6. Show your interest

According to Dee Edington, a well-known expert on workplace well-being, "cooperation is an important part of the organization when people and groups of interest understand and care about the values ​​and conditions of work. It manifests itself daily through the expression and acceptance of excellence in personal and professional relationships. For those of us who work in health, wellness and health, we talk about care every day.

Your organization can show care by offering community service days, family events, recognizing positive employee and employee support, and promoting the voice of employees and management at community meetings and events. 

Mental health plays an important role. It can affect the lives of employees and their families, productivity, profitability and success of your organization. With mental health resources available and research reasons to promote them, getting started is easy.


More Tips for Promoting Mental Health in the Workplace

6 Ways to Promote Mental Health in the Workplace - A Step-by-Step Guide

Below are some key points of Flasterstein's work that members can contribute to achieve this goal.


• Think of investing in mental health as investing in your business

All organizations need to understand that there is a business case for investing in employee mental health and making it a priority. "When I talk to companies, what I try to emphasize is that by investing in the mental health of your employees, your company will make more money," says Flasterstein.

According to a study by the World Health Organization, every dollar invested in mental health treatment results in $4 in improved health and productivity.

• Check your value

The immediate research area is your ongoing benefit program. If you currently offer health insurance, for example, does your policy include mental health coverage? There are many other areas to consider from a mental health perspective, including vacation policies and employee assistance programs. 

Investing in policy plans and insurance coverage can provide a solid foundation of support so that any employee struggling with mental health issues can get the help they need. "My experience working in mental health is that the least things can go on, because people don't talk about mental health at all." - Yasmin Flasterstein, Co-Founder and CEO, Peer Support Space


• Maintain good mental health to prevent burnout

A Gallup survey shows that two-thirds of employees are frustrated. Providing mental health support in the workplace can help reduce this number within your own organization. "The lack of mental health support for employees leads to lost productivity. This leads to burnouts - and many fires, where people are less interested in their work than they are 'before, " says Flasterstein. "They don't do much, and eventually fatigue can lead to more serious mental health problems, including depression, anxiety, or even suicide."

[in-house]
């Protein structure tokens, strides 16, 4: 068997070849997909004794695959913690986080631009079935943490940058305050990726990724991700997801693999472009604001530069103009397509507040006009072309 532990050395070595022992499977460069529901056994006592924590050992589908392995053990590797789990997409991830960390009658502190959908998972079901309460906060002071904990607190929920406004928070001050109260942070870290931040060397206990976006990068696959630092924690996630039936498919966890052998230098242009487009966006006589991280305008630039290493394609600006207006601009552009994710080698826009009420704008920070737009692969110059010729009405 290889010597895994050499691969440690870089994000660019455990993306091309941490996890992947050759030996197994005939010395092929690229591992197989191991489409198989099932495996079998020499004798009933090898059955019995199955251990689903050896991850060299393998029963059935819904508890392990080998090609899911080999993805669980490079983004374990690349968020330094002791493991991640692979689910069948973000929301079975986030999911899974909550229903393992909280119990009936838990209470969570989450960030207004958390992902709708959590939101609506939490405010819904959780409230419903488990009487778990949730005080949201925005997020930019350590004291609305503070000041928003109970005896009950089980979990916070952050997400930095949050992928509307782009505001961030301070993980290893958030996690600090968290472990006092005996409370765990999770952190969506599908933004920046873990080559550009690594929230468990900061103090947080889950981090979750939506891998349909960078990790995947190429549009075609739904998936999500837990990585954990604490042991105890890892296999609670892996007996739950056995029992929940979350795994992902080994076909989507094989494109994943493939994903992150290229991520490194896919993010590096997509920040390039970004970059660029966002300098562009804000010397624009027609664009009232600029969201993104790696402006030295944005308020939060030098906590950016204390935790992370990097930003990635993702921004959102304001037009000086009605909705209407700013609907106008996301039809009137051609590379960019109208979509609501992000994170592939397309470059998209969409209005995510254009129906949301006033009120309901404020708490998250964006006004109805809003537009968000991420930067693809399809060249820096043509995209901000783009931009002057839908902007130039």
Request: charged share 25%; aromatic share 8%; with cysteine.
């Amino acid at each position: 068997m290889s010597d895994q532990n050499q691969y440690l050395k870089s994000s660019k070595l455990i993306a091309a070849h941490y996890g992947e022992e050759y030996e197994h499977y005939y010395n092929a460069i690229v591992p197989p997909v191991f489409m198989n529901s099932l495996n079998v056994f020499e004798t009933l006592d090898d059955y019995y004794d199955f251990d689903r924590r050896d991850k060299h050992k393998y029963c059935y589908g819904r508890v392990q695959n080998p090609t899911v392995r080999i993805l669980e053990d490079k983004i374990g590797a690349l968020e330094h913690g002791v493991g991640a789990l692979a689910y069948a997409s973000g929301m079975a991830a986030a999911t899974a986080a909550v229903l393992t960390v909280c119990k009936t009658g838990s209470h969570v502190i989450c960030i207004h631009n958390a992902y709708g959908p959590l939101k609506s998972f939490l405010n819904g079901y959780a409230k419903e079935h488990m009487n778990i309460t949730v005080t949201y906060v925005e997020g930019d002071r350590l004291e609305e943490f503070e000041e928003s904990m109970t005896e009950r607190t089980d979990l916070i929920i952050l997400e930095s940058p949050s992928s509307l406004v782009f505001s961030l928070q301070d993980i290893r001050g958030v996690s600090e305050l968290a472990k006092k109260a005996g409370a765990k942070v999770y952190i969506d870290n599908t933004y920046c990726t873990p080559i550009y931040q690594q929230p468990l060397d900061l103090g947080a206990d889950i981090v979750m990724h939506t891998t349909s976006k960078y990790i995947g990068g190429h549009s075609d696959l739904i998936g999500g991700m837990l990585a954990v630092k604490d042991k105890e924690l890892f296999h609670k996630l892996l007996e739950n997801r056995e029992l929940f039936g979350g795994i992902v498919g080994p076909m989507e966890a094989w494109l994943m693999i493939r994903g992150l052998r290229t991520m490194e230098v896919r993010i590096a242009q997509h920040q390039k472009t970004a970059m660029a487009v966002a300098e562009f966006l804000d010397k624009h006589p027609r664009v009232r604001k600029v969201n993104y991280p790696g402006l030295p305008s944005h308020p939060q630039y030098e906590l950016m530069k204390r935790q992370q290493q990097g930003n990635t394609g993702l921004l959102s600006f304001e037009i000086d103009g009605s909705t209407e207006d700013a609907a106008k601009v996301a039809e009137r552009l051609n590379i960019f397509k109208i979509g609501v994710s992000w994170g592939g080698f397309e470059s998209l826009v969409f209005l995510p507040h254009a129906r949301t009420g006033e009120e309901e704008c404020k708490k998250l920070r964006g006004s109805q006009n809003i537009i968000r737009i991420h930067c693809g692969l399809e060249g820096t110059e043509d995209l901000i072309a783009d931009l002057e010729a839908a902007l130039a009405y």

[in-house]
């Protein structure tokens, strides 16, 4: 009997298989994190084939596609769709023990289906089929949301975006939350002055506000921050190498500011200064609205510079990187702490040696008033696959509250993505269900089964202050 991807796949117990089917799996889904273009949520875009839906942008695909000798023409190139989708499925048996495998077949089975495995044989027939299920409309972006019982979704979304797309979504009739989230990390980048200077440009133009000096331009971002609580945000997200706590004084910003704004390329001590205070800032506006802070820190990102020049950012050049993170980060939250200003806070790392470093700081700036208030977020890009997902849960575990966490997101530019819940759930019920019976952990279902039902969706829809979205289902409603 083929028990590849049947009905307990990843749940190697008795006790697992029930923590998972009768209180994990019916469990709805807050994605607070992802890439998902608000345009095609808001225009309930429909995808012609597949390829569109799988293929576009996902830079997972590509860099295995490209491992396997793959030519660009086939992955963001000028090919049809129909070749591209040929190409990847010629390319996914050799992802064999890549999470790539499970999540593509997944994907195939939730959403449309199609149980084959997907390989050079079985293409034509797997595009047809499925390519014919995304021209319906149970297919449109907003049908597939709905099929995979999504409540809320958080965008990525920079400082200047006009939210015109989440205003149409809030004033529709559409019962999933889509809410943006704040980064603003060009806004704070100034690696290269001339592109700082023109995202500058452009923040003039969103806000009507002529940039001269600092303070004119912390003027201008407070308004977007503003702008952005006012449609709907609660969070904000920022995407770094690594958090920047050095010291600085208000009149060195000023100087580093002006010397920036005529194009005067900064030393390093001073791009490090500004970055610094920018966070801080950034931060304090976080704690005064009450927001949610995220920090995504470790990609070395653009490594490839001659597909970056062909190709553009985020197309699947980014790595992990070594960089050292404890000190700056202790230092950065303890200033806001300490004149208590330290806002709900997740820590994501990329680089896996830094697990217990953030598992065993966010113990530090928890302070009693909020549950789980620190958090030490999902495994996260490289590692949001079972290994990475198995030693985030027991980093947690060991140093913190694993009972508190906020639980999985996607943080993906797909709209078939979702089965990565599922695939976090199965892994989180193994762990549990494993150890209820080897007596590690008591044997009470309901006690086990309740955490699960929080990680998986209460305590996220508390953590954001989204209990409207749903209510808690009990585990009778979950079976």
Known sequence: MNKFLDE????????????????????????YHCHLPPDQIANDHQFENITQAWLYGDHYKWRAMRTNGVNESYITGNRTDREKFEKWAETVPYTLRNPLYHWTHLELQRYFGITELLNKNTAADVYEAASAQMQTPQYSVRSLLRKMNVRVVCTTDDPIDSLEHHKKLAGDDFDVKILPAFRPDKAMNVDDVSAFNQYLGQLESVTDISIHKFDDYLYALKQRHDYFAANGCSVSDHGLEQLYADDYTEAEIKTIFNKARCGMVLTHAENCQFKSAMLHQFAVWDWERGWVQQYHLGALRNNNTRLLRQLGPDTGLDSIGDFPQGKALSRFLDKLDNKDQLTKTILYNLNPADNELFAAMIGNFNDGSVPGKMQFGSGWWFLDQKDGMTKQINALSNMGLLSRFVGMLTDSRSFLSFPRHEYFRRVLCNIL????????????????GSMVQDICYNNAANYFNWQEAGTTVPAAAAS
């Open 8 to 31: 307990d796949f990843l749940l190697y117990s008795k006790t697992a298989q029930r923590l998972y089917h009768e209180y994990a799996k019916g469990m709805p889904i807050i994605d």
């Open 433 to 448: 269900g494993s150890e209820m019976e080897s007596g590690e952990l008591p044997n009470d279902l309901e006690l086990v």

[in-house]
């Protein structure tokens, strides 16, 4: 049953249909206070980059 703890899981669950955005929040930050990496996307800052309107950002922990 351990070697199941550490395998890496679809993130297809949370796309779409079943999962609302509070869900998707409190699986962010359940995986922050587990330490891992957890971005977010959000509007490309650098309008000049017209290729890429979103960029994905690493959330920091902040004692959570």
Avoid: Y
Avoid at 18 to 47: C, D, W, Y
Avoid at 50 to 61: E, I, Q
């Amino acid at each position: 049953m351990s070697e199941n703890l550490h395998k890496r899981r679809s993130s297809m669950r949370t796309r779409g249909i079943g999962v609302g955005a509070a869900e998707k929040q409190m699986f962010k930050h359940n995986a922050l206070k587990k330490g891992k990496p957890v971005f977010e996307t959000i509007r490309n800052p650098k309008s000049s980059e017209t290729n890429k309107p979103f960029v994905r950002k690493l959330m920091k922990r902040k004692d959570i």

• Create a culture of openness to stress in the workplace

Flasterstein says it's important to talk about other stressors that can cause problems for professionals, such as impostor syndrome. "A lot of people, especially people in positions of power, feel like frauds, and they're just waiting to be found out," he said. "The truth is that if we talk about these things, we become better workers."

Peer Support Space uses a peer-to-peer approach to help people struggling with mental health issues connect with others who have experienced similar issues. In addition, encouraging leaders and management skills to talk openly about challenges and struggles in their own workplaces, even large ones, can help create an open and supportive culture.


• Encourage employees to take time off

It may be time to consider adding mental health days or letting employees know that sick days can be used more than once. If policies require a doctor's note for absence, for example, this can create additional challenges for employees who may fear stigma surrounding mental health issues. 

"One of the things we like to do is give rest days. You can extend sick days or just give healthy days. It shows that as an employer, you understand mental health and value it," Flasterstein said. "It also lets employees know that if they're experiencing anything, they have power to talk about it, because you are an organization that believes in mental health."


• Take steps to support a diverse workforce

As part of your diversity and inclusion strategy, consider offering additional support to any individual or group that may be facing challenges. It is important to take steps to recognize and support diversity in the workplace, and employers and employees sponsor events that can help employees who are interested in related topics connect with those again and finding a space to discuss mental health issues is important.


How to start

As Flasterstein aptly put it, “My experience with mental health is that the least things can go on, because people don't talk about mental health at all. And even if you have a weekly meeting, taking the time to do some self-examination before you start the meeting lets your employees know, "Oh, you're thinking about me; look, I'm a It's not my job and I want to do something.''

It is important to consider how your organization invests in mental health in the workplace. If you have a strong choice in a place, it may be time to go deeper. If you're just starting out, simple changes can lead to significant progress.